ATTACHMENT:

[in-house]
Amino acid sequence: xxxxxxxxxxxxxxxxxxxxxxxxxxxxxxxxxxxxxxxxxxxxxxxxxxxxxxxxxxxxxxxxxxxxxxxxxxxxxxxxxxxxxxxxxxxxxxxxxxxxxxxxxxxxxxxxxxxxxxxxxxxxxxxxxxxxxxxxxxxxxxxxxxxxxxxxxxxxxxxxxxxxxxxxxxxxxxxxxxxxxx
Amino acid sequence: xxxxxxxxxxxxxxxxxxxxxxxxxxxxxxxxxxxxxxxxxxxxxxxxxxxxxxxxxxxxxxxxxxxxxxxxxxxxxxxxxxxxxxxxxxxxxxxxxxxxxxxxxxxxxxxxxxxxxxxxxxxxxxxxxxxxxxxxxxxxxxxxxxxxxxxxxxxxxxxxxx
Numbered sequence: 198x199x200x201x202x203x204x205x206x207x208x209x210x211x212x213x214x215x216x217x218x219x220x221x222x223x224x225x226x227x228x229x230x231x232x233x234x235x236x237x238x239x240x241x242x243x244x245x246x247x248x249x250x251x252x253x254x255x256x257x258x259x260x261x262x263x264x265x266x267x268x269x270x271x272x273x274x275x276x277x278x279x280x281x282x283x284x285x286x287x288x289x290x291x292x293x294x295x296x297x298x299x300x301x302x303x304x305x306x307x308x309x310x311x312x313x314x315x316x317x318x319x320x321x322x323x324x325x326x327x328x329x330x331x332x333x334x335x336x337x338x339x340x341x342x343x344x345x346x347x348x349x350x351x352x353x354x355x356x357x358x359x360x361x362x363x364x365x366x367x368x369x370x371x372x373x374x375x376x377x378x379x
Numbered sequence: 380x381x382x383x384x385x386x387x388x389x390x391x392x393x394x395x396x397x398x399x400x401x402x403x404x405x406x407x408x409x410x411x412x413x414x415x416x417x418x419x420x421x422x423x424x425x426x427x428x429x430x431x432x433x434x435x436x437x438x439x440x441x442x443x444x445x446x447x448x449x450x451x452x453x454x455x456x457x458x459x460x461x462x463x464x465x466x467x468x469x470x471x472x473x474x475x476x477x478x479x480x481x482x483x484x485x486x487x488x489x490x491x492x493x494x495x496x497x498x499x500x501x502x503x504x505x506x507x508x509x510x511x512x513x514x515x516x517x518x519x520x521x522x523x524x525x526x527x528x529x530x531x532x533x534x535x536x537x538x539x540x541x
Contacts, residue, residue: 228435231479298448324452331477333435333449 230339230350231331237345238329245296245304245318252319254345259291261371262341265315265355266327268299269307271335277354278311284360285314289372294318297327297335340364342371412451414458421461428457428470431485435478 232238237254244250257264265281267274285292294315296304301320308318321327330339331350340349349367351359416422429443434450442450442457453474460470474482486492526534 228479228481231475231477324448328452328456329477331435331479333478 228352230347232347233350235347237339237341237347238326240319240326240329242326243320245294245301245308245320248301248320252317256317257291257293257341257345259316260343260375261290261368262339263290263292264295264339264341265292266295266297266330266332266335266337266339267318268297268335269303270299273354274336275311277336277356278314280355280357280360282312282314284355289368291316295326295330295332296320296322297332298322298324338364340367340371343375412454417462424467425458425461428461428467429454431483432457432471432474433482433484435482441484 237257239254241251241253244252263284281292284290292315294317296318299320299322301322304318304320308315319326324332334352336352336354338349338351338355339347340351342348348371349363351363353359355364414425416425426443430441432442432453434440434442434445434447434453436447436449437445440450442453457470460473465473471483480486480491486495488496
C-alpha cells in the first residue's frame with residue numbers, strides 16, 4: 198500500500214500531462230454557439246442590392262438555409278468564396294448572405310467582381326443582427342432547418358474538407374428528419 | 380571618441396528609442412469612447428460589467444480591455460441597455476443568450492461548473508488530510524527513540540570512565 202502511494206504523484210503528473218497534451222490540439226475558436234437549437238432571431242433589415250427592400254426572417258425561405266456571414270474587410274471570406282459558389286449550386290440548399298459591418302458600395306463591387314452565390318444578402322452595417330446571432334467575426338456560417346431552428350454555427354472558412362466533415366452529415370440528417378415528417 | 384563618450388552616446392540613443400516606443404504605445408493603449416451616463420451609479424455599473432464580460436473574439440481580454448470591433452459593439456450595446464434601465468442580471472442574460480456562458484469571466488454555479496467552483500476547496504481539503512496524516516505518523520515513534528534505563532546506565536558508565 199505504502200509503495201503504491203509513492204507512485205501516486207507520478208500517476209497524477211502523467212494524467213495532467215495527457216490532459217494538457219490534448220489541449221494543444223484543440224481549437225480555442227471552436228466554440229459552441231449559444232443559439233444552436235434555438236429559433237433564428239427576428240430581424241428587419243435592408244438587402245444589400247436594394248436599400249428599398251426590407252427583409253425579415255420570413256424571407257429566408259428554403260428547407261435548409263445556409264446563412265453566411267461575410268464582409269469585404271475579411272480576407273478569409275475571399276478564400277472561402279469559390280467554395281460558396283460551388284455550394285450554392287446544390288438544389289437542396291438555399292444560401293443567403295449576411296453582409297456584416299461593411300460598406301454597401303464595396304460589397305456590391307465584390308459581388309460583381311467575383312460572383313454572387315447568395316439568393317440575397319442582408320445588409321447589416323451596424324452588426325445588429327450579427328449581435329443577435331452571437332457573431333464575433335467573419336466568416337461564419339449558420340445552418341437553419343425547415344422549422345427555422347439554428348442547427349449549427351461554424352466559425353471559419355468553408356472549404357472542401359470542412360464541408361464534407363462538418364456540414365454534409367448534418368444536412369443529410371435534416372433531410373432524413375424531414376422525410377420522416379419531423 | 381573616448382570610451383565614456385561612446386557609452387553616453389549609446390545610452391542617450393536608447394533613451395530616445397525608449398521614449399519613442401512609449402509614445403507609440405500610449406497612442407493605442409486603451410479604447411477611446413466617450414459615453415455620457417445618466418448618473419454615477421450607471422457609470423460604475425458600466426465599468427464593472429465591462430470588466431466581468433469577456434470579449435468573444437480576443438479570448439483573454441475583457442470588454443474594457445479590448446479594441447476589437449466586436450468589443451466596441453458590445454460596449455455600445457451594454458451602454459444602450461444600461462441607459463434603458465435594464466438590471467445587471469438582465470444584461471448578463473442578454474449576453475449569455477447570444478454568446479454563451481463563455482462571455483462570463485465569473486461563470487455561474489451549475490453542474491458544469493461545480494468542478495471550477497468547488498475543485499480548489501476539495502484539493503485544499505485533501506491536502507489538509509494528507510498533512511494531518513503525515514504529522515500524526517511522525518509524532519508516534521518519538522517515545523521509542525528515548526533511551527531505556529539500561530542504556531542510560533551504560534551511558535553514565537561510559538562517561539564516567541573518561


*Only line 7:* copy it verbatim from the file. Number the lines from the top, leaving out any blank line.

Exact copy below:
C-alpha cells in the first residue's frame with residue numbers, strides 16, 4: 198500500500214500531462230454557439246442590392262438555409278468564396294448572405310467582381326443582427342432547418358474538407374428528419 | 380571618441396528609442412469612447428460589467444480591455460441597455476443568450492461548473508488530510524527513540540570512565 202502511494206504523484210503528473218497534451222490540439226475558436234437549437238432571431242433589415250427592400254426572417258425561405266456571414270474587410274471570406282459558389286449550386290440548399298459591418302458600395306463591387314452565390318444578402322452595417330446571432334467575426338456560417346431552428350454555427354472558412362466533415366452529415370440528417378415528417 | 384563618450388552616446392540613443400516606443404504605445408493603449416451616463420451609479424455599473432464580460436473574439440481580454448470591433452459593439456450595446464434601465468442580471472442574460480456562458484469571466488454555479496467552483500476547496504481539503512496524516516505518523520515513534528534505563532546506565536558508565 199505504502200509503495201503504491203509513492204507512485205501516486207507520478208500517476209497524477211502523467212494524467213495532467215495527457216490532459217494538457219490534448220489541449221494543444223484543440224481549437225480555442227471552436228466554440229459552441231449559444232443559439233444552436235434555438236429559433237433564428239427576428240430581424241428587419243435592408244438587402245444589400247436594394248436599400249428599398251426590407252427583409253425579415255420570413256424571407257429566408259428554403260428547407261435548409263445556409264446563412265453566411267461575410268464582409269469585404271475579411272480576407273478569409275475571399276478564400277472561402279469559390280467554395281460558396283460551388284455550394285450554392287446544390288438544389289437542396291438555399292444560401293443567403295449576411296453582409297456584416299461593411300460598406301454597401303464595396304460589397305456590391307465584390308459581388309460583381311467575383312460572383313454572387315447568395316439568393317440575397319442582408320445588409321447589416323451596424324452588426325445588429327450579427328449581435329443577435331452571437332457573431333464575433335467573419336466568416337461564419339449558420340445552418341437553419343425547415344422549422345427555422347439554428348442547427349449549427351461554424352466559425353471559419355468553408356472549404357472542401359470542412360464541408361464534407363462538418364456540414365454534409367448534418368444536412369443529410371435534416372433531410373432524413375424531414376422525410377420522416379419531423 | 381573616448382570610451383565614456385561612446386557609452387553616453389549609446390545610452391542617450393536608447394533613451395530616445397525608449398521614449399519613442401512609449402509614445403507609440405500610449406497612442407493605442409486603451410479604447411477611446413466617450414459615453415455620457417445618466418448618473419454615477421450607471422457609470423460604475425458600466426465599468427464593472429465591462430470588466431466581468433469577456434470579449435468573444437480576443438479570448439483573454441475583457442470588454443474594457445479590448446479594441447476589437449466586436450468589443451466596441453458590445454460596449455455600445457451594454458451602454459444602450461444600461462441607459463434603458465435594464466438590471467445587471469438582465470444584461471448578463473442578454474449576453475449569455477447570444478454568446479454563451481463563455482462571455483462570463485465569473486461563470487455561474489451549475490453542474491458544469493461545480494468542478495471550477497468547488498475543485499480548489501476539495502484539493503485544499505485533501506491536502507489538509509494528507510498533512511494531518513503525515514504529522515500524526517511522525518509524532519508516534521518519538522517515545523521509542525528515548526533511551527531505556529539500561530542504556531542510560533551504560534551511558535553514565537561510559538562517561539564516567541573518561